The Lansdowne Theatre opened on June 7, 1927, in Lansdowne, Pennsylvania (a suburb of Philadelphia). The 1,381 seat theater was designed by William H. Lee, a Philadelphia-based architect known for the recently renovated Queen Theatre in Wilmington, Delaware.
The Lansdowne was operated by Herbert Effinger of the Stanley-Warner (later Warner Brothers) circuit. Opening as a silent film theater, the Lansdowne’s first film showing was “Knockout Reilly,” starring Richard Dix. Besides its use as a silent film theater, the Lansdowne was also used as a venue to live events, such as charity benefits or live music. At the height of the silent film era, a Kimball 3 Manual/8 Rank organ was installed in the Lansdowne and was first played by the renowned organist Leonard “Melody Mac” MacLean. Although the organ was once regularly used, it sat unplayed for 25 years after the silent film era. It was restored in 1963 and eventually sold in the late 70s to help pay for air conditioning repairs.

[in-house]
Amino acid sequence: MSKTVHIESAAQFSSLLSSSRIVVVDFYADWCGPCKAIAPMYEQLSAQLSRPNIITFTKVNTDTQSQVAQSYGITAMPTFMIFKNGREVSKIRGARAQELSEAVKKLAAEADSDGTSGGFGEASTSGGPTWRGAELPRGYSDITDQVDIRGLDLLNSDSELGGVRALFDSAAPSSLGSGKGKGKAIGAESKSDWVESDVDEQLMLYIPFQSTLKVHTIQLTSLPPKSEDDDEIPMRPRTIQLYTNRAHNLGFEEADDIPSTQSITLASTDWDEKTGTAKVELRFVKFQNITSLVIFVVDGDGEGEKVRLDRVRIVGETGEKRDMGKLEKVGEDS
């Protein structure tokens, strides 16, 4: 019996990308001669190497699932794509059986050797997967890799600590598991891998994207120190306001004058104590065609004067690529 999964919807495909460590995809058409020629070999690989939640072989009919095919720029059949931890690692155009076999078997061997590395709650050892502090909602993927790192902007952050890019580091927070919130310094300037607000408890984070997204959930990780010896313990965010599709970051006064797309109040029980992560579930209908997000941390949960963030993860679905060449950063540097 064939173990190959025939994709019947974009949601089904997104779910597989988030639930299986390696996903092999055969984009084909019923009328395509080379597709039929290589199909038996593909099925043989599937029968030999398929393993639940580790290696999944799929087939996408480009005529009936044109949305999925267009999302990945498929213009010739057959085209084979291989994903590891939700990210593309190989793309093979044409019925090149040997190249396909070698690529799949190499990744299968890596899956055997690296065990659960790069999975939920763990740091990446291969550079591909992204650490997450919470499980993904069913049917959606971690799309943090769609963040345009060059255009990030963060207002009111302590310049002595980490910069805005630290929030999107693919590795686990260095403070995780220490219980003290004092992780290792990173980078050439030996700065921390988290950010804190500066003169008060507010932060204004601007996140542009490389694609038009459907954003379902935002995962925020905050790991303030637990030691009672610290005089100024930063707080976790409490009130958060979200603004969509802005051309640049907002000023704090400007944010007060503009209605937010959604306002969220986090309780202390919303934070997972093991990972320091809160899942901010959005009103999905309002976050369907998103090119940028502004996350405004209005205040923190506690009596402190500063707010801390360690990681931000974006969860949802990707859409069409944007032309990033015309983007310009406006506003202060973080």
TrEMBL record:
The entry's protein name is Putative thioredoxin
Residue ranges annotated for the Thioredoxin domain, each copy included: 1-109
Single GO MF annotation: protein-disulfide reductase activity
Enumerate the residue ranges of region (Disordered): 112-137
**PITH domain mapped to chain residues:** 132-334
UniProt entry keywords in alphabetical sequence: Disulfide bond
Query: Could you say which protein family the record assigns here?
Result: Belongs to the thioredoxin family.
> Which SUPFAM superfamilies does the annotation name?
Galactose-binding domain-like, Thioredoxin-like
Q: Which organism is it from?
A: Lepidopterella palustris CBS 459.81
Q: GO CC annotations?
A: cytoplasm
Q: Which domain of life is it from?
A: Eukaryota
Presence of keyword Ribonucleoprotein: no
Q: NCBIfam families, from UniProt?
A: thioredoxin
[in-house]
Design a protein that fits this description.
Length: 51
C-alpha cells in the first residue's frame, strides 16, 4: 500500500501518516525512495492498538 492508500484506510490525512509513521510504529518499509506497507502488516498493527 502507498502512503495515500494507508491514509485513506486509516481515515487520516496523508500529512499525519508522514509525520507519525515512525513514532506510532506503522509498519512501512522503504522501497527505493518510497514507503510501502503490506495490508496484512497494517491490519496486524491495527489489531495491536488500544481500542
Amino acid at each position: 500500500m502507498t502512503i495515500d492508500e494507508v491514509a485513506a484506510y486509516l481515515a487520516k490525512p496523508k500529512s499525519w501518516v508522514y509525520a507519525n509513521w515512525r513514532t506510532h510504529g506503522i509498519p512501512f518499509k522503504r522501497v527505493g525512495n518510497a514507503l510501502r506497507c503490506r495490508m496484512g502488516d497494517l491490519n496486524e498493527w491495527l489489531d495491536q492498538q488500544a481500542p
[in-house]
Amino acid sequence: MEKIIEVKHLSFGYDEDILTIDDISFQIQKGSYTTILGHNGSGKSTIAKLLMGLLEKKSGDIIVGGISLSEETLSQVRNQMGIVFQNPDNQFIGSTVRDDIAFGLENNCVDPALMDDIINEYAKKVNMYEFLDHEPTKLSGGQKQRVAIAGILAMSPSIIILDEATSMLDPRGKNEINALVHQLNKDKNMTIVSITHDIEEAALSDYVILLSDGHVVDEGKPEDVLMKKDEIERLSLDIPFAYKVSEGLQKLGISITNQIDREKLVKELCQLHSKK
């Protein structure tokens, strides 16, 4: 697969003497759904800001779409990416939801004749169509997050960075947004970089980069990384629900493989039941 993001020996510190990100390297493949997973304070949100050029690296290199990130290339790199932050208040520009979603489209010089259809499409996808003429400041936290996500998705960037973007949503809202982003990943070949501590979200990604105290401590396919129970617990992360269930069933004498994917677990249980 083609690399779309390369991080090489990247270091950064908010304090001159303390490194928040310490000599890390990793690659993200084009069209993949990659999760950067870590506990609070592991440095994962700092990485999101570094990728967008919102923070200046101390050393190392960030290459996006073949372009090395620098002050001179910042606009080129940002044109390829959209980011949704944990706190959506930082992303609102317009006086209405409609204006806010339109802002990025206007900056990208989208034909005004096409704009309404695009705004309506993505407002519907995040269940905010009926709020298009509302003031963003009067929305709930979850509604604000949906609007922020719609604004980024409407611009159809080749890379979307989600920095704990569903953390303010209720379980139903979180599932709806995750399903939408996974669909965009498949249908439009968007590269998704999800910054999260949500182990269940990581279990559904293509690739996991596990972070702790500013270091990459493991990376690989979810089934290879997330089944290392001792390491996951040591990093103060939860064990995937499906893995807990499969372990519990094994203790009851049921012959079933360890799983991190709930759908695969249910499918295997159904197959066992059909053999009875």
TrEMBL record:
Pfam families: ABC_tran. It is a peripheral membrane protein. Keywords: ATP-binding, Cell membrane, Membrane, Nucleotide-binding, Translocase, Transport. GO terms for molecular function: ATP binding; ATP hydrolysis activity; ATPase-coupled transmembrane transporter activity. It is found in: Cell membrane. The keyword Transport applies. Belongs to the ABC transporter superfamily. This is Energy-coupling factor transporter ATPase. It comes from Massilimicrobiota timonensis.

The theater was sold in 1986 to the Lansdowne Theatre Associates, Inc, who closed it for renovations for most of the year. It reopened and was quickly closed again after an electrical fire broke out in the basement of one of the building’s retail storefronts. No one was injured, but the electrical system was destroyed. The Lansdowne Theatre Associates could never raise the money to repair the damage, and the building was seized by the Bell Savings and Loan Bank in 1989.
The building was purchased in 2007 by the Historic Lansdowne Theatre Corporation (HLTC), a non-profit organization dedicated to reopening the theater. HLTC intends to use the Lansdowne as a performing arts venue to host concerts, theater and dance performances. Over the years, HLTC has made many of the much needed repairs to the building including, removing the old seats, restoring the outdoor lobby, the stucco on the facade, the ticket booth, the marquee, and installing replica poster cases. Asbestos removal began in late 2021 and finished in January 2022.
HLTC estimates that the total restoration would cost around $16.5 million, and are close to raising that amount. In 2022, they received a $2 million grant from the Delaware County Council, and $1.5 in Community Project Funding from the Federal Government. HLTC expects the groundbreaking to begin in the fall of 2022, and if all goes to plan, the theater would reopen around a year later.
Matt Lambros PA Lansdowne Sep 13, 2022 Architecture History Movies